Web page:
Solar panels for a village grid in rural Cambodia - © Hisham Zerriffi
Solar panels for a village grid in rural Cambodia - © Hisham Zerriffi

By providing over 200 million poor people with access to financial services, microfinance has constituted a revolution which has allowed populations previously excluded to become entrepreneurs, save and manage the risks of often difficult lives. Today, microfinance can go even further by contributing to addressing the challenges of access to essential services in a world where 1.4 billion people still do not have access to electricity and where 2 billion people do not have satisfactory access to water. And this thanks to green microfinance.

A simple idea with huge potential

Green microfinance – also called “microfinance plus” – is a simple idea with huge potential: it involves using the network and expertise of Microfinance Institutions (MFIs) to facilitate access to innovative products and services that meet the essential needs of the poor. There are indeed an increasing number of technological innovations which aim to meet essential needs at the domestic level without deploying infrastructure similar to what exists in developed countries. This particularly holds true in the energy sector with solar solutions (lanterns, solar home systems), improved stoves or domestic biogas units, but also in sanitation with on-site sanitation systems. The obstacles to their dissemination are often related to the capacity to commercially deploy them in a sustainable manner and offer financing solutions to the rural poor.

MFIs benefit from their clients’ confidence, are familiar with their financial behavior better than anyone, and know how to help them finance a project. Using these privileged relations between MFIs and their clients, developing their know-how and creating new partnerships to enable these MFIs to provide to their clients– in addition to financial services – access to electricity, water, sanitation or health, is an idea with huge potential. Green microfinance is fully in line with the strategy of many socially oriented MFIs, whose mandate is, of course, access to financial services, but also and especially to contribute to improving the living conditions of their clients.

Last year, AFD launched its first green microfinance project in the energy sector. This project is being implemented in Cambodia in partnership with 4 MFIs (KREDIT, TPC, Vision Fund and Chamroeun) and with SNV as the technical operator. The MFIs undertake to create a specific credit product with a suitable maturity and rate and to work with Sola Home Systems (SHS) suppliers who are certified under the project. Thanks to the program, the SHS suppliers benefit from a quality certification, which is based on a technical assessment of the products they offer and on a quality assessment of their customer service, in particular of the after-sales service. The role of the technical operator SNV is to provide technical assistance to the solar panel installers, supervise the quality certification program and help the MFIs and solar panel installers to work together.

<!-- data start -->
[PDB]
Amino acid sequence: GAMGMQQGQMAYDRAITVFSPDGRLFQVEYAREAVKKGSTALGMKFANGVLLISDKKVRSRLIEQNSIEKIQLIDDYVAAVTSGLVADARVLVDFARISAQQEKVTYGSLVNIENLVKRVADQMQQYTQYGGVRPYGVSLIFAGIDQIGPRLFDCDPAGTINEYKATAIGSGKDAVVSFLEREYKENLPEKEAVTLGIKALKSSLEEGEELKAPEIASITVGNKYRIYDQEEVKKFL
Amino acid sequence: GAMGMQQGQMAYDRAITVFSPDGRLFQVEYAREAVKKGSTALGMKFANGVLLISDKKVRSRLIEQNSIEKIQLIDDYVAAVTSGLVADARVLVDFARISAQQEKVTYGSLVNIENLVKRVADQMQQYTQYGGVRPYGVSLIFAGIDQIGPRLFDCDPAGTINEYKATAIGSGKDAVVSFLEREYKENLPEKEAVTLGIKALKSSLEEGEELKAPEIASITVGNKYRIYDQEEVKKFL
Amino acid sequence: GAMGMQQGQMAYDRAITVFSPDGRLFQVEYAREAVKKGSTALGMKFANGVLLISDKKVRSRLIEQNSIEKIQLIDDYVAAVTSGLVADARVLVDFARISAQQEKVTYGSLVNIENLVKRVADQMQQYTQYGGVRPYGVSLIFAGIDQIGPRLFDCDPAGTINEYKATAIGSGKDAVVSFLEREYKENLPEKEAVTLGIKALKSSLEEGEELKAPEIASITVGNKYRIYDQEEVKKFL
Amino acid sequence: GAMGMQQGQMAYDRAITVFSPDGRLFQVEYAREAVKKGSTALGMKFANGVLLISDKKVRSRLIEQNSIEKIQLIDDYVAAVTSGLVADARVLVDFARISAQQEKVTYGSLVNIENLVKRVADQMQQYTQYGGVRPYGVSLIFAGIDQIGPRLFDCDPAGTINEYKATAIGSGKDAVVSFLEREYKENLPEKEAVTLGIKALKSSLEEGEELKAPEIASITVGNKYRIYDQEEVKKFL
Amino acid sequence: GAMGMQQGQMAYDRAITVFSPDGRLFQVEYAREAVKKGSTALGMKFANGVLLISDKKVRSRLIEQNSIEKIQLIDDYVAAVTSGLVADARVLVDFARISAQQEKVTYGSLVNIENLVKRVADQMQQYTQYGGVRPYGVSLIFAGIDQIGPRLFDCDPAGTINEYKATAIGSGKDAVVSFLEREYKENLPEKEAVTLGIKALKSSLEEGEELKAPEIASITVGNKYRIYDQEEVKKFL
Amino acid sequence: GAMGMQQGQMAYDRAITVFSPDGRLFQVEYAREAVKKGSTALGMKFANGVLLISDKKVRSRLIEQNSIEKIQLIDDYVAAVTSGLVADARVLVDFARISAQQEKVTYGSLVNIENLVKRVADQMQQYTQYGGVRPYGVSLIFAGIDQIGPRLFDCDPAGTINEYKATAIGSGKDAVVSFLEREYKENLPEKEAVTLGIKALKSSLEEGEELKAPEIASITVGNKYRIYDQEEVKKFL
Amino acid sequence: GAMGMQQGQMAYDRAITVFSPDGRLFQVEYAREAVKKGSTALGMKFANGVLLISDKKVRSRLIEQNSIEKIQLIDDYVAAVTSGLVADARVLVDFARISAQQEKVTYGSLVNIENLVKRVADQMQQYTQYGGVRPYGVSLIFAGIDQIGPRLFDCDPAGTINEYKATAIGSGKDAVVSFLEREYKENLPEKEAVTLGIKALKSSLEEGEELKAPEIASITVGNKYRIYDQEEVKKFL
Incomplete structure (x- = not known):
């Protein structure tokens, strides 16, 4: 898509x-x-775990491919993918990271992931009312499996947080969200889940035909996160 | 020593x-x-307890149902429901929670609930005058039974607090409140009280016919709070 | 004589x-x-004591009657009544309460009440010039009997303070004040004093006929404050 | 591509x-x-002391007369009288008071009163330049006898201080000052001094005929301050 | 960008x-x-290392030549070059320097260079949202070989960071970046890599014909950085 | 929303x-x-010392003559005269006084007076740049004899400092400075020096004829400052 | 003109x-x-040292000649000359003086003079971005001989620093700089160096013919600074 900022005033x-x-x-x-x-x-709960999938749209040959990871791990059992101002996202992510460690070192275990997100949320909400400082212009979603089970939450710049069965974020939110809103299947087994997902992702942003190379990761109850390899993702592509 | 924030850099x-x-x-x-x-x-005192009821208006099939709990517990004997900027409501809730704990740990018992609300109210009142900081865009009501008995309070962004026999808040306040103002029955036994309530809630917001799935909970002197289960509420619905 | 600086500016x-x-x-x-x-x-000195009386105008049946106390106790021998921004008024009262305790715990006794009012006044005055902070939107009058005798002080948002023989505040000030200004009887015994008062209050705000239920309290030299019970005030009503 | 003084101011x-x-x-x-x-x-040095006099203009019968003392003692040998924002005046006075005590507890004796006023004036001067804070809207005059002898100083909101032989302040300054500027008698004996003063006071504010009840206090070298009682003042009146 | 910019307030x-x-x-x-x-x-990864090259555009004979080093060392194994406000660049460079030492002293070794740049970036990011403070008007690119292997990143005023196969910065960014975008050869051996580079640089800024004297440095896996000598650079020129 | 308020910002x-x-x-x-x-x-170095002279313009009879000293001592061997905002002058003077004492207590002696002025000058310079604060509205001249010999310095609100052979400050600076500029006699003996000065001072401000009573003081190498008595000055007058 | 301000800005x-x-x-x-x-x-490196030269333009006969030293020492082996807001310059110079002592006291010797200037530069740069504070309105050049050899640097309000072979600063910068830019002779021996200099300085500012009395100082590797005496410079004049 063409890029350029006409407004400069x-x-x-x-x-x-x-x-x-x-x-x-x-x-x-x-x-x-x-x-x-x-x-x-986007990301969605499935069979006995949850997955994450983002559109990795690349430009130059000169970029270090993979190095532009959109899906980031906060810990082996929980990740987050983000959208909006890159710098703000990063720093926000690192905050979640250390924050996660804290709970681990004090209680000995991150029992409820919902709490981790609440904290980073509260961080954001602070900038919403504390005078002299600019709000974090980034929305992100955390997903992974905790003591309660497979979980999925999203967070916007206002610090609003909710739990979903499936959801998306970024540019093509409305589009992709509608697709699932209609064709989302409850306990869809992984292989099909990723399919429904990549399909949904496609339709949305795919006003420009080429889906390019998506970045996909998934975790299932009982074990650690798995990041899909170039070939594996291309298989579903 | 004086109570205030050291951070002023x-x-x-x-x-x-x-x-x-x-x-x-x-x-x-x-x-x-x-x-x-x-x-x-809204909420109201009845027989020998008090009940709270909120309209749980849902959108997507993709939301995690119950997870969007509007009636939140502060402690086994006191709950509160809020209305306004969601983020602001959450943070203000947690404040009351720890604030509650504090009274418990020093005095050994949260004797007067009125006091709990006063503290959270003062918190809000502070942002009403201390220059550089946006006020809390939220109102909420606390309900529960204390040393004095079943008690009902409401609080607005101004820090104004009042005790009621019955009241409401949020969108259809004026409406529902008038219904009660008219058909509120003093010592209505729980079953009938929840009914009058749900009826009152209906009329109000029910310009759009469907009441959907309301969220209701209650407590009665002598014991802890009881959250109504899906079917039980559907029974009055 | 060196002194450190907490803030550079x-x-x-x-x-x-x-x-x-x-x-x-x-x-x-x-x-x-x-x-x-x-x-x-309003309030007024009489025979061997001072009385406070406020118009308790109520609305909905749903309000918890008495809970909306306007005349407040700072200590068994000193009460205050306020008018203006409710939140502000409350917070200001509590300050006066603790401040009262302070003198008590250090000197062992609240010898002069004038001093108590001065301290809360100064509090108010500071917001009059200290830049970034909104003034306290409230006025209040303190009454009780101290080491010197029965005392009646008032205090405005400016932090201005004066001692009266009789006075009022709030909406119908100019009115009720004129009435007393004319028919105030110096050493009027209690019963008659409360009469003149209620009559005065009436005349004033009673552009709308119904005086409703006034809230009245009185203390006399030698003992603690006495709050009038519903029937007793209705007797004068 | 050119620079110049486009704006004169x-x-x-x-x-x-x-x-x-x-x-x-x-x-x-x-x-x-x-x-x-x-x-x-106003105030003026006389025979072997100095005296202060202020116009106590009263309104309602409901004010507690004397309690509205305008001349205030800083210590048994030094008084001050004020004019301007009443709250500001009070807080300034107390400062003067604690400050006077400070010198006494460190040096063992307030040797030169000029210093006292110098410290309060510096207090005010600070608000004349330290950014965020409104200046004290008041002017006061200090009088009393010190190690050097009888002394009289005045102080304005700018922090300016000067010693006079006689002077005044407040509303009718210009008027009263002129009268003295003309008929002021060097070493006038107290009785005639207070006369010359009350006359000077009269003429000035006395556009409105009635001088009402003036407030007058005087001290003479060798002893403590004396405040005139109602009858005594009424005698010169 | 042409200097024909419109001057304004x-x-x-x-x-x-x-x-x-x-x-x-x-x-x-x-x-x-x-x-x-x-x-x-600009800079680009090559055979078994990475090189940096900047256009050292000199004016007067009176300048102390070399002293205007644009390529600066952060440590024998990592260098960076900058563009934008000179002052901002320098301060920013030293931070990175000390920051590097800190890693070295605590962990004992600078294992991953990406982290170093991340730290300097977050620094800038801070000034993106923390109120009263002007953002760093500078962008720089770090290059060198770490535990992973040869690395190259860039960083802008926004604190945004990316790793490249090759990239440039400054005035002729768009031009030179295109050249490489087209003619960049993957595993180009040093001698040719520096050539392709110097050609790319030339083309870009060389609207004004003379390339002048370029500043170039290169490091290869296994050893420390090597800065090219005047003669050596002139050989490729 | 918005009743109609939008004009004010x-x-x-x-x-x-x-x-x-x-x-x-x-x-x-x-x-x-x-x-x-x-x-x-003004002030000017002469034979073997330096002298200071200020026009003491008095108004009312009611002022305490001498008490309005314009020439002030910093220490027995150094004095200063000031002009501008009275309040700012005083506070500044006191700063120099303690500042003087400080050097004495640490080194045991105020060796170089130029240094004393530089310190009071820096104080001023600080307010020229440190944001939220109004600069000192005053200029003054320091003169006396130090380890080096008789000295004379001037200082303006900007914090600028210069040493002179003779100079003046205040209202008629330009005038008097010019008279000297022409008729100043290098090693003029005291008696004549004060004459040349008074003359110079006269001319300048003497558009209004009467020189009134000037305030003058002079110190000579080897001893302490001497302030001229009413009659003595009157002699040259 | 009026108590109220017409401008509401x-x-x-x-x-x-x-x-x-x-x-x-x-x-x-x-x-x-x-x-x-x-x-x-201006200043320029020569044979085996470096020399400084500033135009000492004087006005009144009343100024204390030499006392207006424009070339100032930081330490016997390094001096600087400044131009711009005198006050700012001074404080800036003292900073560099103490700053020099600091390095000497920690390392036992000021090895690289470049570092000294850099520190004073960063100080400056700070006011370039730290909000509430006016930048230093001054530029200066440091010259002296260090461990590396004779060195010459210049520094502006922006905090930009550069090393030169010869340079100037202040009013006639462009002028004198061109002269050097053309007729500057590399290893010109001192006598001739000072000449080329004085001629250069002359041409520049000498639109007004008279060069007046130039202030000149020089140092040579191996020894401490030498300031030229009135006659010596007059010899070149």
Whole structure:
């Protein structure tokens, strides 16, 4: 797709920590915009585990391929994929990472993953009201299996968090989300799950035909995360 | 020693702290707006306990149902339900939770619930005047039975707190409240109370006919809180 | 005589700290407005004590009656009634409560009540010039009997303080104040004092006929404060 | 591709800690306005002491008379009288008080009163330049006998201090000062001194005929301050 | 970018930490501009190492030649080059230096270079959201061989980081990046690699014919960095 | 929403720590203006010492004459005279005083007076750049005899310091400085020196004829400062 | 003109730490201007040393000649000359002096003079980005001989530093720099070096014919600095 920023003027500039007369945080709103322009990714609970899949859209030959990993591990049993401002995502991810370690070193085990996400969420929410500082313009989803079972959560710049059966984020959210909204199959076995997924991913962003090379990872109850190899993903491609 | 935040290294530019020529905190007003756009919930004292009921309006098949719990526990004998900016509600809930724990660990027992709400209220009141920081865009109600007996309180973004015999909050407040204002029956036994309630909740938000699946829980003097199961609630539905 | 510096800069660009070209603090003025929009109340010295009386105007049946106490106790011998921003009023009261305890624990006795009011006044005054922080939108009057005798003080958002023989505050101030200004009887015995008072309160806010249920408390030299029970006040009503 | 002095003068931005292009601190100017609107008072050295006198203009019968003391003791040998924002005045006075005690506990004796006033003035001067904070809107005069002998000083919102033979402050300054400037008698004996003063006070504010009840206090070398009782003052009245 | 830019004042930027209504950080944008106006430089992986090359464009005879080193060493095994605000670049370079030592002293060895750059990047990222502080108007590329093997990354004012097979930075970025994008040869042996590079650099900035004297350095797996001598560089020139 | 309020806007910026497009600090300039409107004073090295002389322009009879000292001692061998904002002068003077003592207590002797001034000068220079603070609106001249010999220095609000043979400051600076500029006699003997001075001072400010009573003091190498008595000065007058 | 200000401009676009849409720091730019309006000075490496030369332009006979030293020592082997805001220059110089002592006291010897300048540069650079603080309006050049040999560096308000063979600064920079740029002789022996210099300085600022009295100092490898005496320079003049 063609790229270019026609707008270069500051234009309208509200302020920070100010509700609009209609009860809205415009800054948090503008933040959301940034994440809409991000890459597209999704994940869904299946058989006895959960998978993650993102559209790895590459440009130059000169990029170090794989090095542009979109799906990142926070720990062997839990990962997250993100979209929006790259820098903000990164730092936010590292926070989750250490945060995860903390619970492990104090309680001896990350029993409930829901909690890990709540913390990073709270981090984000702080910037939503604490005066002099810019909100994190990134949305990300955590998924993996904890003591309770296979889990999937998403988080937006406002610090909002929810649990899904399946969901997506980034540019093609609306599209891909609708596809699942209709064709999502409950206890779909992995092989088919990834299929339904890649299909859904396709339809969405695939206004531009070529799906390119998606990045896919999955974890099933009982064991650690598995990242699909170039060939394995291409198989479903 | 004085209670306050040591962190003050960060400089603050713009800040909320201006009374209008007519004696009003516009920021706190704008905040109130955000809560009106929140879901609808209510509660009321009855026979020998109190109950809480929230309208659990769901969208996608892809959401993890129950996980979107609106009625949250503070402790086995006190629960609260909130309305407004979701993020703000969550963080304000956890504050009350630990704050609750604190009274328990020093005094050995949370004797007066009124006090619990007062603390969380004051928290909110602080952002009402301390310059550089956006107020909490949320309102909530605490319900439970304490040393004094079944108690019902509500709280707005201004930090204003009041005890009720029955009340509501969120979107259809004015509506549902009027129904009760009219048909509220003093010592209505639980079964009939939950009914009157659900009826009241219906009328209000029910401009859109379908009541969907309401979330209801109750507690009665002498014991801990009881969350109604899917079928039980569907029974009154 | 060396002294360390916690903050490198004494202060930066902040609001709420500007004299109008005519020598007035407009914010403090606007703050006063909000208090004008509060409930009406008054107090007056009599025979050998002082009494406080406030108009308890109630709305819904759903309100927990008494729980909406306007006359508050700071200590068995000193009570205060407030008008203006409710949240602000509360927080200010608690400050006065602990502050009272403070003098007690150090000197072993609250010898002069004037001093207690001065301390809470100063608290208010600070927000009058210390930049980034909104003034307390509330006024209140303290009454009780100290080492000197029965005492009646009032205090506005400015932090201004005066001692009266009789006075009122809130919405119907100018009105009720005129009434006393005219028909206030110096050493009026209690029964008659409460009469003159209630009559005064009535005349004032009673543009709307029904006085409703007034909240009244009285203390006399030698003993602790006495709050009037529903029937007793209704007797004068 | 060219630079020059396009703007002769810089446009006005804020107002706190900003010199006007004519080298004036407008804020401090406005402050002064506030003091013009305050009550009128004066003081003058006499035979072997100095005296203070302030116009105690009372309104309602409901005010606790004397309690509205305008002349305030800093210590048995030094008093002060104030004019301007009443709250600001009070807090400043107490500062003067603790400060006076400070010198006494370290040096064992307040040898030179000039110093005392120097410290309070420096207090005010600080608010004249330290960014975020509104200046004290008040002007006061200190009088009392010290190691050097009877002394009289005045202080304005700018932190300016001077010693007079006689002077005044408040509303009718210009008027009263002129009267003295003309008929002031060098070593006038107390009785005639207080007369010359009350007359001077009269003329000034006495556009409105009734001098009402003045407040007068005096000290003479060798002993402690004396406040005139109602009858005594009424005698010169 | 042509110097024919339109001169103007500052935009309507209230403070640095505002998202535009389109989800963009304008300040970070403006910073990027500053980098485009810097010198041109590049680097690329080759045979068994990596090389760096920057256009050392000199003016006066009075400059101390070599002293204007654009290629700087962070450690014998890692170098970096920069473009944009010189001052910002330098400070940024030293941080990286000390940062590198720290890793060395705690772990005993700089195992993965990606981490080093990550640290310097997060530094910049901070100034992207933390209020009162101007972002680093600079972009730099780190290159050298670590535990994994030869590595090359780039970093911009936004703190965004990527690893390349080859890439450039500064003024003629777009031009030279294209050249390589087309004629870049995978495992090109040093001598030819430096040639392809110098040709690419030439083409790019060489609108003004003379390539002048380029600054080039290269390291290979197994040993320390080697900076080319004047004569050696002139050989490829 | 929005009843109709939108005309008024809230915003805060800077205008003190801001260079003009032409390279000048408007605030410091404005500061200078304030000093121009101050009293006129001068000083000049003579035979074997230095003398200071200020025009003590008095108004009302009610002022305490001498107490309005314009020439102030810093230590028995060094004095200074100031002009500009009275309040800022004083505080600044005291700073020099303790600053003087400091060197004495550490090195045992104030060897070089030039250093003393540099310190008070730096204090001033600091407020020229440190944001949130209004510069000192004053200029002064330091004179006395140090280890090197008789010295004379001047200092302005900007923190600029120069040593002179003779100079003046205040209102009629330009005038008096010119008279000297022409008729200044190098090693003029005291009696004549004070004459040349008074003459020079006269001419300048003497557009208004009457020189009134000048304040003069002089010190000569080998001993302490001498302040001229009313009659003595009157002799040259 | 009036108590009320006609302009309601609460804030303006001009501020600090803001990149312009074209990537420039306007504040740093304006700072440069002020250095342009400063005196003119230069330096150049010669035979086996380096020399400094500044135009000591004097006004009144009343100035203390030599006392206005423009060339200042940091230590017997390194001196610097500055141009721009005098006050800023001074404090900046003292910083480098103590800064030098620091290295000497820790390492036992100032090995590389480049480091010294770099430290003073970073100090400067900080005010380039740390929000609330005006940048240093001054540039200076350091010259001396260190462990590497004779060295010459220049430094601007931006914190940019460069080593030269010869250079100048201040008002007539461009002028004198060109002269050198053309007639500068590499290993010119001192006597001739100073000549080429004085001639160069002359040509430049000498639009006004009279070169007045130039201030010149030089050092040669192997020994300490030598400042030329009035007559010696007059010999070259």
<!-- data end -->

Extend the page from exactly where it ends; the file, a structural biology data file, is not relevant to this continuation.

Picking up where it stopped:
The potential of green microfinance to improve living conditions for communities would appear to be huge. Today, several similar initiatives for specific technologies have been successfully implemented in a number of countries. Examples include the program conducted by IDCOL in Bangladesh or UNCDF’s CleanStart initiative. But it has to be recognized that there are still few such initiatives. Why?

 

Why is microfinance not becoming “greener”?

Green microfinance initiatives require the country to benefit either from a microfinance sector that is already well developed or a mature network of suppliers on which the program can be built. These conditions are not fulfilled in a large number of countries.

Secondly, there is indeed no “one size fits all” model that can easily be reproduced from one country or sector to another. For example, the success of Bangladesh cannot be replicated identically in Cambodia: in this country, MFIs are financial institutions that are regulated and supervised by the Central Bank, whereas in Bangladesh, many MFIs have the status of NGO, which gives them more flexibility to launch green microfinance initiatives.